Suicidio – 17

[Jonathan Trupp]

I got up in what seemed to be the middle of the night. It was the obvious conclusion to be drawn, for the room was submerged in total darkness. I could see nothing. The space beyond the opened window was equally obscure.

It did not take me long to remember that the sun would never shine through the window and into my room. That was the nature of Suicidio, after all. Continuous darkness. It could be any hour of the day by now. Maybe I had slept one hour, maybe two days. There was no way to tell.

Dell & Ramm (1882) have very convincingly discussed the disorientation, driven by constant darkness, that overtakes newcomers almost immediately upon their arrival. Such disorientation is indeed key to understand Suicidio. We will leave the subjacent physiological mechanisms involved in this phenomenon to the researchers of the mind, but the resulting functionality is straightforward: disorientation pushes the already feeble mind into the territory of frustration and detachment. Although I have argued that disorientation may not be the all-explaining panacea that Dell & Ramm (1882) defend (Trupp, Unpublished a), their general thesis has nonetheless some merit. An important caveat to consider, however, which I raised in my novel commentary (Trupp, Unpublished a), is that newcomers arrive to Suicidio already disoriented, so it is not trivial to differentiate between the already existing disorientation and any further disorientation driven by darkness inside Suicidio. However, if even an objective and equilibrated mind like mine could suffer the effects of disorientation so quickly, after the first set of slumber, one should consider much more seriously its importance. Disorientation exacerbating desperation. Desperation disorienting the mind even further. And so on.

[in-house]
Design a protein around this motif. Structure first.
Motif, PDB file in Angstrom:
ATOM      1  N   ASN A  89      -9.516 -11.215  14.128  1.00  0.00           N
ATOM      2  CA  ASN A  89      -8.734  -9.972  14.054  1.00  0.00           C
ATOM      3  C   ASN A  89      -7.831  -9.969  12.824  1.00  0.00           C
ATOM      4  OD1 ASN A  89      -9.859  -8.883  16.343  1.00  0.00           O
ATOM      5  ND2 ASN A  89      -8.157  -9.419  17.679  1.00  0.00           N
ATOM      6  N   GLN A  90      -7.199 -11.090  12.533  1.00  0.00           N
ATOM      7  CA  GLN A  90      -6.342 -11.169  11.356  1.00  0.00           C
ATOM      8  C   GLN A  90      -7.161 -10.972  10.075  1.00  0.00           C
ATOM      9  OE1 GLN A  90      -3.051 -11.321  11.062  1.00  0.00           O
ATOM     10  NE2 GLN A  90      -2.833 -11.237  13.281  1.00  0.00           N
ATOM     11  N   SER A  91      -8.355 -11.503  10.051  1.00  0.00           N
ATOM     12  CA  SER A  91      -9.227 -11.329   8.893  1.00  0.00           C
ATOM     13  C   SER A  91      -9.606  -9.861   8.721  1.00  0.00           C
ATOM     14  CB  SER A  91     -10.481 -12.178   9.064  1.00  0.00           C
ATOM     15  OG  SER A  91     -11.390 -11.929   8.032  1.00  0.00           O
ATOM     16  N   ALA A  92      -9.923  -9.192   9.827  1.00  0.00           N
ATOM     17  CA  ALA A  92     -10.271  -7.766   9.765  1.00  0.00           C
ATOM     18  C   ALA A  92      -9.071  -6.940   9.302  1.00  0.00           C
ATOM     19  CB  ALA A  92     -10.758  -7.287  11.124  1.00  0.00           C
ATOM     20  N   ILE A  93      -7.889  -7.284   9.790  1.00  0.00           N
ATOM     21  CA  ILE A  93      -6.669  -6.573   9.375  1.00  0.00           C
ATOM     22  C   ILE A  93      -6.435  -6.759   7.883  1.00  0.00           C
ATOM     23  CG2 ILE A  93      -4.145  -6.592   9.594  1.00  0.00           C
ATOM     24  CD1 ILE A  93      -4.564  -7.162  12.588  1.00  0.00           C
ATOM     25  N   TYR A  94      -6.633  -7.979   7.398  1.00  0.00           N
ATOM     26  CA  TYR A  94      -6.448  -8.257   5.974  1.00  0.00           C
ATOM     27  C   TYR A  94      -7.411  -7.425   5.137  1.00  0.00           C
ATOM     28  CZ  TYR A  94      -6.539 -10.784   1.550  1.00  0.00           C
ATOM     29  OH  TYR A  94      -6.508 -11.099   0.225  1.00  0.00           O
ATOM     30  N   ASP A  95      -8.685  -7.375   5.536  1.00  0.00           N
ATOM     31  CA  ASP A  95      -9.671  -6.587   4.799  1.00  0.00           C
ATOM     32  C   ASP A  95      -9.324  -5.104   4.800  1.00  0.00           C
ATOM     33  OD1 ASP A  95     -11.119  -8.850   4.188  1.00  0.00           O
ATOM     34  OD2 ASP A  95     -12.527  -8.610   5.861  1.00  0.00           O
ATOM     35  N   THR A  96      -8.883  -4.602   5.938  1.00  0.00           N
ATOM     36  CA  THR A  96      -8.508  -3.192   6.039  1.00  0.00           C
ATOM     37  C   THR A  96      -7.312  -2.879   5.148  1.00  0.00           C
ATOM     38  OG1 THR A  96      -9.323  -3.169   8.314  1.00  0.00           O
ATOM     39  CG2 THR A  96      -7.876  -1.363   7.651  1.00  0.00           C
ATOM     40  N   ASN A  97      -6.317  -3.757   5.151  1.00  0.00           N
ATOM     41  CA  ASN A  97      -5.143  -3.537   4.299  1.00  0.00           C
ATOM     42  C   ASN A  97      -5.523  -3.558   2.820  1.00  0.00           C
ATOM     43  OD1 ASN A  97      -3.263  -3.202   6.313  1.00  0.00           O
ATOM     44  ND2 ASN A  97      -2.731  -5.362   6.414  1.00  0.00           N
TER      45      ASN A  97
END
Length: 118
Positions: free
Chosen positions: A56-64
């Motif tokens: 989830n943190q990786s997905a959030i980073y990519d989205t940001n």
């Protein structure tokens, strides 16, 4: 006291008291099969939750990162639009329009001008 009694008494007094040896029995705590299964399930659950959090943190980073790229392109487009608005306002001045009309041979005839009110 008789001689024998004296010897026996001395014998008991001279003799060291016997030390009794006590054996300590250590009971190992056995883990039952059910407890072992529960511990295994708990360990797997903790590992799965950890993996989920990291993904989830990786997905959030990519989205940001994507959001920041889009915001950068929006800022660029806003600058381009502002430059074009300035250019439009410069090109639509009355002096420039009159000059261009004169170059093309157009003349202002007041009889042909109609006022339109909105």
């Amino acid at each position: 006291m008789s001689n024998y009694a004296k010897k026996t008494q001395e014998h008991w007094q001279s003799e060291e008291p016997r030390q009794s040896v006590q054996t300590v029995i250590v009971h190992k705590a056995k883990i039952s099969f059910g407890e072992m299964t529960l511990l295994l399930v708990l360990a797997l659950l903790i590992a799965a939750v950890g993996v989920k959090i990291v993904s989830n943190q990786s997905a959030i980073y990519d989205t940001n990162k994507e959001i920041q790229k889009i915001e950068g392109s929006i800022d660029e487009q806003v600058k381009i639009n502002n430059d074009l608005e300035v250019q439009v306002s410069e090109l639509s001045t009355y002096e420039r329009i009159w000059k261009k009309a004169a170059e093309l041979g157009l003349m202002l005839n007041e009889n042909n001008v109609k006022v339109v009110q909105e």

Laying in bed, I considered whether I should allow desperation to overtake me. As an academic exercise. If necessary, I could facilitate such a process by concentrating my mind in negative thoughts. In principle, it was a sensical plan of action. I could let myself be eaten by the darkness, as some poets would put it. Be one with the purpose of Suicidio. Be an instrument and allow the present to play me. That would definitely be an alternative approach for studying Suicidio, albeit I soon understood that it would not be an appropriate one. Not in an academic sense at least. One needs to keep some distance from the subject of study. Such a distance, such separation renders objectivity and a clear path to analysis.

I sat on the bed because I did not want to think of any other stupid idea. I extended my hands in front of my face. Initially I could not see my hands but after a while I could start discerning the boundaries of my palms and the space occupied by my fingers. Then I could see or I imagined I could see the box by the bed and the candle standing on it.

I remembered a question that had been bothering me, as I prospected for the matchbox that was somewhere near the candle. “Why to allow candles in Suicidio?” Any candle had the power to dwindle the smothering darkness. Indeed, when I managed to struck one of the soggy matches and lit the candle, even the disgusting walls and the trash accumulated in the corners of the room were a pleasant sight, a relief.

The light flickered, threatening to die at any point. It was a poor quality candle, not to be trusted to keep away darkness for too long. Maybe that explained the candle, a source of comfort so short that its disappearance would redouble the anguish of being imbued in darkness, each candle distributed in Suicidio another device of frustration that would dampen the spirits. Maybe.

While the flame lasted I had time to put my clothes on and head towards the door. The candlelight finally went off as I was reaching for the doorknob.

In the corridor, darkness was absolute. I heard some weak rattling, as if someone were scratching the wooden walls with a thin straw. I used my hands and feet to feel my way. My eyes did not discern anything until I reached the street.

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